# Why are digital autopilots better than analog?

I've heard many people say that a digital autopilot is better than its analog equivalent. How do the two differ in design and the way they control the plane?

• A lot of people think that anything newer is automatically better... – jwenting May 10 '15 at 4:42
• Digital is NEVER better. Digital is just different. Because digital systems are usually newer than analog ones, they just often tends to be better. Look at audio files: MP3 has yet to match the quality of a vinyl, but yet it has many advantages over it. And many computers rely on analog devices as source of informations (sensors, ...) – Antzi May 10 '15 at 5:58
• @antzi, I'd have to say that is completely wrong. Digital is more flexible than an analog system because you can do far more with code than you can with discrete elements of a circuit. Your audio example describes the difference between a continuous signal and a discretely sampled signal. That has nothing to do with the quality of digital vs analog. – chris12892 May 10 '15 at 18:15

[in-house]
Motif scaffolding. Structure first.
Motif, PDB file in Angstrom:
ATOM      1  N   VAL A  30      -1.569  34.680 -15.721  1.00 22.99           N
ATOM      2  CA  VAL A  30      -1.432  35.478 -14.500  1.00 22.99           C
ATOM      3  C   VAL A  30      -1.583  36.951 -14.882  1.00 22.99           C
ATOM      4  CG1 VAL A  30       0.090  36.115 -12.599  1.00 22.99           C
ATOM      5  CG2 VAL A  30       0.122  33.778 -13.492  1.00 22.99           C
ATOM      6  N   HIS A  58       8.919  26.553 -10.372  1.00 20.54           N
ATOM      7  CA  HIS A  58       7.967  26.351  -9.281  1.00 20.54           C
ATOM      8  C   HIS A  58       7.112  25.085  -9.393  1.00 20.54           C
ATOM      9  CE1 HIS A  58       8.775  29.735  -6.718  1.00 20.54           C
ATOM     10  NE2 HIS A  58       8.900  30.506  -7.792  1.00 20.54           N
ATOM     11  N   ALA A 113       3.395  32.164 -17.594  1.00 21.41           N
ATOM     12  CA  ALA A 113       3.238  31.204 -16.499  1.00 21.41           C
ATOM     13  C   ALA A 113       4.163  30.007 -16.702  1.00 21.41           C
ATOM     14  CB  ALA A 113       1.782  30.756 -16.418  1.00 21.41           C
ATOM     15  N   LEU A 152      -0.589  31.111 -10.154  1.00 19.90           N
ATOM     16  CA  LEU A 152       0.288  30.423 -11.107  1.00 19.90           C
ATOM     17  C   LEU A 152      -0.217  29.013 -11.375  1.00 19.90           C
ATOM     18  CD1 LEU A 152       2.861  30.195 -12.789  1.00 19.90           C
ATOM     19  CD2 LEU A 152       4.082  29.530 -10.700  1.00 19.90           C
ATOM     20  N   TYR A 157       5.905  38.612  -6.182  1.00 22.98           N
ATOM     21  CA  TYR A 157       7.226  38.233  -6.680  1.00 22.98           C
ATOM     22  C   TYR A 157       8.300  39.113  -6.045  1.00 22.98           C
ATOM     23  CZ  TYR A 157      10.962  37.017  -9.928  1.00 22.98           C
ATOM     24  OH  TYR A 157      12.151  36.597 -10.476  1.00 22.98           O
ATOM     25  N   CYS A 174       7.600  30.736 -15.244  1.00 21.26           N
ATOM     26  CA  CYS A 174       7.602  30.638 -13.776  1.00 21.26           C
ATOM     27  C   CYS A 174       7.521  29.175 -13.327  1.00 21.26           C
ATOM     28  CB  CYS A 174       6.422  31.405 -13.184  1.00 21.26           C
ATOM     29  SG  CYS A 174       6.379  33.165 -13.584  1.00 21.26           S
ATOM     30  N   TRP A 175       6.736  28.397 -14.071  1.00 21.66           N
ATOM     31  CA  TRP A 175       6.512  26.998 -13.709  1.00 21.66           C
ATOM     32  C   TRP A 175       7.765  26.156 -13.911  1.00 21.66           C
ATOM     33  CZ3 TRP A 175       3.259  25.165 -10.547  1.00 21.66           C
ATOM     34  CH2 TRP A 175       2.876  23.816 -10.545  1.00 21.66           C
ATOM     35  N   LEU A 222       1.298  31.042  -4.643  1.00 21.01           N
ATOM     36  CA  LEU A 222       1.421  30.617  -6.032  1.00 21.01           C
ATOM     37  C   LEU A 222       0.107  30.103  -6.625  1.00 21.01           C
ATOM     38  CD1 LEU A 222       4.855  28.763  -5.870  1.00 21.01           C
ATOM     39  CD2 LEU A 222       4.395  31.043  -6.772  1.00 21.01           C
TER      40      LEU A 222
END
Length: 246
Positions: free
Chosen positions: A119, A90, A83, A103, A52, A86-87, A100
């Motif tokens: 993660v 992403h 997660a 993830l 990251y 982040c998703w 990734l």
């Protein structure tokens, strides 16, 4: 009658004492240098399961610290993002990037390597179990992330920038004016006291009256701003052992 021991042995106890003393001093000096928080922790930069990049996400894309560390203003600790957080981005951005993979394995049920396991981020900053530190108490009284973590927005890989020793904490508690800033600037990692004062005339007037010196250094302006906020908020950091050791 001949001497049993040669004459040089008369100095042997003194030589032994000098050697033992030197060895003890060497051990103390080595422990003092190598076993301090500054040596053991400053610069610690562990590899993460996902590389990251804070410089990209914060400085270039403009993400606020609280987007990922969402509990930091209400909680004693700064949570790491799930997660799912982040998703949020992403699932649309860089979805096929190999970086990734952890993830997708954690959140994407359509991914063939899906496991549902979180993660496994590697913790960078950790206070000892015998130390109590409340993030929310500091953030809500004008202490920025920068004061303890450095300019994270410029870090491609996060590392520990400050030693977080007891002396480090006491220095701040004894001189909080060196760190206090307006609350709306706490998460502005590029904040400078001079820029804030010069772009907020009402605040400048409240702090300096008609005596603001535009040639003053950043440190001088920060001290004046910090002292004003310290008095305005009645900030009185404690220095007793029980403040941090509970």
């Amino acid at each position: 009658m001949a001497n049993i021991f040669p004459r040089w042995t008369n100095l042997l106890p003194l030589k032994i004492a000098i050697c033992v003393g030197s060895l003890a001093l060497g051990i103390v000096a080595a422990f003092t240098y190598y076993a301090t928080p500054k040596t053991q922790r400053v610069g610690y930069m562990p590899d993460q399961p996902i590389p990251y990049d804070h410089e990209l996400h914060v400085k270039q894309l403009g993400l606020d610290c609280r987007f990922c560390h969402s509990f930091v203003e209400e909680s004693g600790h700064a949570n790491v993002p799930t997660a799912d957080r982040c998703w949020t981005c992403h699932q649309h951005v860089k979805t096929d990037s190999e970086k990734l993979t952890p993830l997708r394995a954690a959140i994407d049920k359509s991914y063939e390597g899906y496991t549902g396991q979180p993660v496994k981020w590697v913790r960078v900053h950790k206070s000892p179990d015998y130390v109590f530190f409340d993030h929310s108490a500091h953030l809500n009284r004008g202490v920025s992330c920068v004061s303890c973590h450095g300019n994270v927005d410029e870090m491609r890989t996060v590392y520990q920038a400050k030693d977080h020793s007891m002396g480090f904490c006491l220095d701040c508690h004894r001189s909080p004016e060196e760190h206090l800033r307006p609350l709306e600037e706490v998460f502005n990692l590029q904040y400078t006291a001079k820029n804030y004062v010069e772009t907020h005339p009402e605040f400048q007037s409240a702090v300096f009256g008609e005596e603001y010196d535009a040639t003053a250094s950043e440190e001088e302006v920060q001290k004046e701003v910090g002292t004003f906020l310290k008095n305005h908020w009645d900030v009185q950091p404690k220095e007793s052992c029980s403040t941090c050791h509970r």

• @antzi: Good luck making an analog GPS unit. – Nathan Tuggy May 10 '15 at 21:40
• @Antzi "Digital is NEVER better." That is a very incorrect statement. Digital signals are generally much more error/interference-resistant than analog ones and, for that reason alone, are very often better than analog signals. Digital signals are very often designed such that there will be no data/precision loss at all until such time as the entire signal is unrecoverable, which usually results in much better quality reception than an equivalent analog signal, even when the analog signal is using more bandwidth. See NTSC vs. ATSC or FM vs. digital radio, for example. – reirab May 11 '15 at 20:33